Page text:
Wrong headline ?
"Apple spokeswoman Trudy Muller tells The Register"
Does this mean that Apple have finally acknowledge that El Reg exists ?
Apple has confirmed that the web viewer embedded with iOS 4.3 does not offer certain optimizations included with the Safari browser bundled with Apple's mobile operating system. "The embedded web viewer does not take advantage of Safari's web performance optimizations." Apple spokeswoman Trudy Muller tells The Register. It …
No, it\s obvious why; Apple are being conservative, they didn't want to unleash a new version of the optimisations on app unsuspecting app developers without letting them test their applications worked as planned (not least because when an app suddenly stops working people are pretty miffed and blame the OS update - reasonably so). But Apple wanted to get these optimisations in play for Safari as soon as possible (especially with faster dual core Android devices arriving now).
So, Safari has all the optimisations, and runs a slight risk that some stuff won't work as planned (but this is the web - we're all used to this) where applications don't get the speed ups, but will still work (many users won't understand the distinction when it comes to these web apps - so would be really annoyed if they stopped working).
I'm sure Apple will urge developers to test against their new technology and up date as needed, then we'll see these optimisations across the board.
Isn't that obvious?
I have an existing web application that worked fine under the previous iOS 4.2 running on either Safari or the embedded browsers offered by some other app.
However, after I updated by iPAD to iOS 4.3, the web application now CRASHES when running in Safari. So I had to use other apps to "download" my web application and then run it using its embedded browser. Then it will work.
Now, until Apple fixes the problems with NITRO, perhaps they can provide a "switch" to turn off the optimization on the Safari browser so that I can still use my existing working web apps.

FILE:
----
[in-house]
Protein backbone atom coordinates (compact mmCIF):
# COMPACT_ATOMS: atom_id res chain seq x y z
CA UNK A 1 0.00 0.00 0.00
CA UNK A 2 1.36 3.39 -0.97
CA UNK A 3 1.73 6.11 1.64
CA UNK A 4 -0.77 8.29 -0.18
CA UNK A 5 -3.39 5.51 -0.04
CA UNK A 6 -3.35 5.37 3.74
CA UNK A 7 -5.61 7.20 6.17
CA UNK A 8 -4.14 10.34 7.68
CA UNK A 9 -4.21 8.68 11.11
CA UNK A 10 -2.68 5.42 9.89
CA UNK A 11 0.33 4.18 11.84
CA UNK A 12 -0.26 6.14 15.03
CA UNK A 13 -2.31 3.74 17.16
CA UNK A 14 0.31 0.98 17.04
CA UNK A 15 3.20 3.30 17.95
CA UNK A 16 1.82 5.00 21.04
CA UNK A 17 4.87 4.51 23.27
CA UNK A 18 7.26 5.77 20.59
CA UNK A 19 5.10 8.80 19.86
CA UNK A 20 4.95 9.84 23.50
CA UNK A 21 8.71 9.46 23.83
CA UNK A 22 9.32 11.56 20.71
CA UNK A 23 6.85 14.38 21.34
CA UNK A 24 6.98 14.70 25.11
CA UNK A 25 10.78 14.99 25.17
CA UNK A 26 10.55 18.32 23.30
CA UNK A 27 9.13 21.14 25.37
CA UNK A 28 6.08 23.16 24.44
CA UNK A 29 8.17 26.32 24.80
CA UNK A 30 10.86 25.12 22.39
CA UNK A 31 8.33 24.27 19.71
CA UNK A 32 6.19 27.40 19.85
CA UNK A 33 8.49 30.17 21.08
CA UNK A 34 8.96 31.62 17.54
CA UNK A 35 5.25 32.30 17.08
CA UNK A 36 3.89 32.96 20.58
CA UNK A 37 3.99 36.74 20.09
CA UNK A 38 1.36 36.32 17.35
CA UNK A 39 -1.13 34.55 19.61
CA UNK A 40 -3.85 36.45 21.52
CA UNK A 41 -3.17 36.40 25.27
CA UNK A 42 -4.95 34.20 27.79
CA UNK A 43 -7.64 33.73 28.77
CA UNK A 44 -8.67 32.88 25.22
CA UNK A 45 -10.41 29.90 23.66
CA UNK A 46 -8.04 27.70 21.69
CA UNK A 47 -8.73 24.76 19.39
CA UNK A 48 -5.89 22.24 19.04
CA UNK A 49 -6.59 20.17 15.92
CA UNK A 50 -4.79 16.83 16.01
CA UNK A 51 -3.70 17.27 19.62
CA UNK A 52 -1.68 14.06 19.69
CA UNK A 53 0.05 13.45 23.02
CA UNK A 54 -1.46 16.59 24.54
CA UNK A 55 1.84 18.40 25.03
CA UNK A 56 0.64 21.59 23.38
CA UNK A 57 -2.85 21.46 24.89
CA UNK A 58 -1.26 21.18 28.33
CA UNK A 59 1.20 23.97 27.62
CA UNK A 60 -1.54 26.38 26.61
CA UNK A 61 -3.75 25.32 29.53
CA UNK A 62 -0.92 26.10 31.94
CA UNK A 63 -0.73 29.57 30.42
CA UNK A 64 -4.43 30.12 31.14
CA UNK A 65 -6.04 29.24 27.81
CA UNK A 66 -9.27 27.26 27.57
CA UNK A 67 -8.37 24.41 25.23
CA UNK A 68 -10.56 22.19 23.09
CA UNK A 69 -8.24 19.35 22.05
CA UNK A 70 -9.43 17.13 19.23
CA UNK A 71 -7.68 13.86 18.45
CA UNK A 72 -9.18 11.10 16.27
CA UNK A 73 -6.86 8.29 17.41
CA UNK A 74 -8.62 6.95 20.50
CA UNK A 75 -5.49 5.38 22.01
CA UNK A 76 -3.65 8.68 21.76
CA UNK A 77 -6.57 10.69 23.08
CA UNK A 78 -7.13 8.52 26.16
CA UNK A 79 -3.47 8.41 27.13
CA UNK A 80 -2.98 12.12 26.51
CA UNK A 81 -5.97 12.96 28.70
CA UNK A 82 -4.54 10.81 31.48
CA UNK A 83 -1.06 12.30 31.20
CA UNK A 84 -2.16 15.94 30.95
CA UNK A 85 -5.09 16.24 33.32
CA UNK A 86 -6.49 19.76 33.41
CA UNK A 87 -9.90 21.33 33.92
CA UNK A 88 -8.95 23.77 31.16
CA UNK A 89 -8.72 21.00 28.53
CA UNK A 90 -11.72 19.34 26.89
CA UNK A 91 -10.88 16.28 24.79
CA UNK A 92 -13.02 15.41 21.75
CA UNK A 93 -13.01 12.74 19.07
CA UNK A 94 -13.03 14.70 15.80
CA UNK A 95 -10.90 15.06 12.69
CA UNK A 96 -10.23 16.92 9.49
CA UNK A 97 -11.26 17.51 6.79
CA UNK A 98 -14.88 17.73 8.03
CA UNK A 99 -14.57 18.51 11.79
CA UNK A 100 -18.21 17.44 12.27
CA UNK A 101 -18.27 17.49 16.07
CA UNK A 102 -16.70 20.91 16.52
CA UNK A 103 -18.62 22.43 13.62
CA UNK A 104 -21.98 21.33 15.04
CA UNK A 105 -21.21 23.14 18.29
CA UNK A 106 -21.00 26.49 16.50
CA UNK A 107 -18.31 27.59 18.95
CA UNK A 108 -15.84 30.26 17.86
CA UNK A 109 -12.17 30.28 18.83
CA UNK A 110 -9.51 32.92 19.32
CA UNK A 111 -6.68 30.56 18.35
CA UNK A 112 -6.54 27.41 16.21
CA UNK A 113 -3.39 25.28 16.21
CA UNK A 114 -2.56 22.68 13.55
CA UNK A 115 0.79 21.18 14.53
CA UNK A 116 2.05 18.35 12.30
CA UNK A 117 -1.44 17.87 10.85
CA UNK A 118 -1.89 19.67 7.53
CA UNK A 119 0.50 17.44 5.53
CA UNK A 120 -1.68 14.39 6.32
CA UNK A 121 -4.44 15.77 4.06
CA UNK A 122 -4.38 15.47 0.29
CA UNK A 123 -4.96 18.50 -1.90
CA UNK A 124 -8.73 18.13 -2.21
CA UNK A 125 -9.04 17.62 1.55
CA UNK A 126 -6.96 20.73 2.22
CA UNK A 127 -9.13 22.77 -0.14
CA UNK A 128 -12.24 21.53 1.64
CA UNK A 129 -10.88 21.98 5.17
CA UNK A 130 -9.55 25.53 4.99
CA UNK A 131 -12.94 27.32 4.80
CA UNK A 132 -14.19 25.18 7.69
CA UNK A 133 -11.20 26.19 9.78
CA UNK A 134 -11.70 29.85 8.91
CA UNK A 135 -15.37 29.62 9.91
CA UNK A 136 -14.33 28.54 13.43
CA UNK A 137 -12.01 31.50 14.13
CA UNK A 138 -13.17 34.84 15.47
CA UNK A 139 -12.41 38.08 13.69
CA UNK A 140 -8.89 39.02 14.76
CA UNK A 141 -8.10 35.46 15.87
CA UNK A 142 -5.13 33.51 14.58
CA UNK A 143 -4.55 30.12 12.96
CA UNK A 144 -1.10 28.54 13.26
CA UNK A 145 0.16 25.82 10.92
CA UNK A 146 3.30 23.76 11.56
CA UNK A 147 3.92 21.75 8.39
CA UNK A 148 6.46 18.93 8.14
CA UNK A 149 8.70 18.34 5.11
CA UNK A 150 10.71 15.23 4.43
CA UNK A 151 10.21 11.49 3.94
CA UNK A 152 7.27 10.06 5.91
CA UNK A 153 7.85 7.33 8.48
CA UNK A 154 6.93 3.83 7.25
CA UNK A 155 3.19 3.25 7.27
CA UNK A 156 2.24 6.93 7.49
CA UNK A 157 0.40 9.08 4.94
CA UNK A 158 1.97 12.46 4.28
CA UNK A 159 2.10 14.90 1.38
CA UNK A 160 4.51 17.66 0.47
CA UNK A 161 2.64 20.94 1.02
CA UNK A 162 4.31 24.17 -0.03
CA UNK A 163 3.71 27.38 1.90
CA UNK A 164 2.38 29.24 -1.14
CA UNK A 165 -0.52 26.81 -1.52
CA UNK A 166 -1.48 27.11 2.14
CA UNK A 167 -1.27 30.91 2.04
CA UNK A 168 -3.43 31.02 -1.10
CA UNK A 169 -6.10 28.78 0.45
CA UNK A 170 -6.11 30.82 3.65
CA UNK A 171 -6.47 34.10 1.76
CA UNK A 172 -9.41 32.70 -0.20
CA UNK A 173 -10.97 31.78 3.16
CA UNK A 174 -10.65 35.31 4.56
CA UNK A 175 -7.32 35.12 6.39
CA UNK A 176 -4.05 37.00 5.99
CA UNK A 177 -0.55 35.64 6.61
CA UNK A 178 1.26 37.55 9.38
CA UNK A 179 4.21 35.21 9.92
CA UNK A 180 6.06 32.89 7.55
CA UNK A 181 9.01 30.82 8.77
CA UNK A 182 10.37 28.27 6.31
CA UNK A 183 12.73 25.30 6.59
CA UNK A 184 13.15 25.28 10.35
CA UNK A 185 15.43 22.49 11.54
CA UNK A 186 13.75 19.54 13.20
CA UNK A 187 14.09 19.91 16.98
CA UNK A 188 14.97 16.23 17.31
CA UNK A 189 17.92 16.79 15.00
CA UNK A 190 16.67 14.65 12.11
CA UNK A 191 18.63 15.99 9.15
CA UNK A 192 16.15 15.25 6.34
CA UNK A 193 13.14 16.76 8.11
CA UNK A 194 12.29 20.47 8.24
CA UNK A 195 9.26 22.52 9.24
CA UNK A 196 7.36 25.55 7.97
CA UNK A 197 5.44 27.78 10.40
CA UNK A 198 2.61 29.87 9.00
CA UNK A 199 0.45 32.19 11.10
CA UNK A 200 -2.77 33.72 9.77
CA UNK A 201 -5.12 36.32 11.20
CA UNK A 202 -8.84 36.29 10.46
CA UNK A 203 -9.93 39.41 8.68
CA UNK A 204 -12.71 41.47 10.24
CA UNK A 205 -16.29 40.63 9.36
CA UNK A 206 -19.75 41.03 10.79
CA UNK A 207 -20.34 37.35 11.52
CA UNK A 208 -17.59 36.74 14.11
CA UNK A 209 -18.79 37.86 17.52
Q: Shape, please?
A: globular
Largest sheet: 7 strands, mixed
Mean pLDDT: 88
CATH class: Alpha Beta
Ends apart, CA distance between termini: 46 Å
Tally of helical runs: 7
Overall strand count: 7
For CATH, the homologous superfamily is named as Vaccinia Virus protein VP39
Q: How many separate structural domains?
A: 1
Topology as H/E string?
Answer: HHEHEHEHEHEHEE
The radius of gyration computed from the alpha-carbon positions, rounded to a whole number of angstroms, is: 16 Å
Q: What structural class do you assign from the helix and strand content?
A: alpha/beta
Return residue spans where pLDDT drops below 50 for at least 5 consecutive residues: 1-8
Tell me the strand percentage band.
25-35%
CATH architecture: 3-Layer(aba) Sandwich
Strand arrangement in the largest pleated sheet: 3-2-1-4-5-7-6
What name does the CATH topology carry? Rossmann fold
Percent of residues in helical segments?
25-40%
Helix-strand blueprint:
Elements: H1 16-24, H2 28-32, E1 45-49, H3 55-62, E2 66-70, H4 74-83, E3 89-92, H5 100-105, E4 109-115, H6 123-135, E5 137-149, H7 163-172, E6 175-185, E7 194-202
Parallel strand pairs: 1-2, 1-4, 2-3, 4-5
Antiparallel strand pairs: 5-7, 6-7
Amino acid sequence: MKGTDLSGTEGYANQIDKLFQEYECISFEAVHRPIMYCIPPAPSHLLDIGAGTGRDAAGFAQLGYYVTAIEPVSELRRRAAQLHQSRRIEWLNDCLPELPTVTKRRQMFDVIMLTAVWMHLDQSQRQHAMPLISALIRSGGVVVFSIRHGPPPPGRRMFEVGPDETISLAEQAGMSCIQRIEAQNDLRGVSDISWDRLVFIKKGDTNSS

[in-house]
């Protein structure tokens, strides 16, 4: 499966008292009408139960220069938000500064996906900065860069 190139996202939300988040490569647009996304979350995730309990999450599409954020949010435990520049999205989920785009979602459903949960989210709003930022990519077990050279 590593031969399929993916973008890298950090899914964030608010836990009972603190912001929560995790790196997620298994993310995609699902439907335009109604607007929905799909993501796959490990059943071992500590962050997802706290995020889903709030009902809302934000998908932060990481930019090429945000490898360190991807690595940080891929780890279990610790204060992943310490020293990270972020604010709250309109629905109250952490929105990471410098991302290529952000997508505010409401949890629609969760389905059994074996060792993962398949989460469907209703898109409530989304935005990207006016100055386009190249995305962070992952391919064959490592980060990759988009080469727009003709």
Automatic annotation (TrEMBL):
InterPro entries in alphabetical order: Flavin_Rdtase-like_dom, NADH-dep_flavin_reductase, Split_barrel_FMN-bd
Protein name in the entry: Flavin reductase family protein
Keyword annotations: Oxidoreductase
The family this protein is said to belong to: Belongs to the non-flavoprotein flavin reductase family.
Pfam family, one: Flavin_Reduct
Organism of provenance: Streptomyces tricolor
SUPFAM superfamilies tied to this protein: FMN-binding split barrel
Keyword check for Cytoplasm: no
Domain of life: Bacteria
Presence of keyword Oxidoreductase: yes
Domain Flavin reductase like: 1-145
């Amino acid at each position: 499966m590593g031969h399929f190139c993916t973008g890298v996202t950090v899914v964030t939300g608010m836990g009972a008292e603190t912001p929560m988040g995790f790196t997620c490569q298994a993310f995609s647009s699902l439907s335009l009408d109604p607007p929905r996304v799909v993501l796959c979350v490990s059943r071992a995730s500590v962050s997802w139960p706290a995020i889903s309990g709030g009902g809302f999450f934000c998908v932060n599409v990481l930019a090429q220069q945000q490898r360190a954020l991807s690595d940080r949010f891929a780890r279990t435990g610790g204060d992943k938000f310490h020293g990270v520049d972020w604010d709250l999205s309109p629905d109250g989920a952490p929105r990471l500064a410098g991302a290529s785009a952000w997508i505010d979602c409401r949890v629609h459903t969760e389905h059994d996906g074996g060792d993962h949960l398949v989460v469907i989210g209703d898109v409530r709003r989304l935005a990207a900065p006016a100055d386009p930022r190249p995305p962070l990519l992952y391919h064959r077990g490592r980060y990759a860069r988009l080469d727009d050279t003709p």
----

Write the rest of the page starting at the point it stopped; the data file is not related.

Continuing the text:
...why Apple included a redundant framework for browsing in iOS. That's effectively what this is; instead of Safari without the controls, you get Safari minus minus without the latest gadgets and gear. This means that said web apps are going to have different user experiences from the optimizations and tweaks made in the latest version of Safari, and it's now apparent this is completely true, because they've admitted the underlying engines are different.
This isn't just about native apps either - this is about web apps, which are basically just bookmarks on the home screen. Apple has no financial interest in helping out these apps, so the idea it would hold back optimizations to discourage their use, as conspiratorial as it is, is quite in tune with their past form. I'm not saying that this is the case, only offering an opposing viewpoint. From my technical perspective at least, it's an unusual policy to maintain two different libraries or applications in the same OS for the same purpose.
"Apple has no financial interest in helping out these [Web] apps..."
How many Web apps require users to pay for them? Answer: very few. Therefore, if the developers turned those Web apps into native iOS Apps, they would almost certainly be sold for free. And Apple loses money on free Apps.
Ergo, it would appear to be in Apple's best interests to make Web apps as good as possible.
Now, I agree that it is odd that there are now two HTML(etc) rendering back-ends, but I suspect that it was easier to plumb in Nitro et al to Safari, than the more general UIWebView part of iOS (since that probably has to deal with varying app permissions, etc). If there is still a discrepancy come iOS 5.0, then we can start to complain.
"This isn't just about native apps either - this is about web apps, which are basically just bookmarks on the home screen."
There is as yet no evidence of conspiracy.
Yeah. All that's happened is web apps didn't get the speed up - they use the same "tried and true" implementation.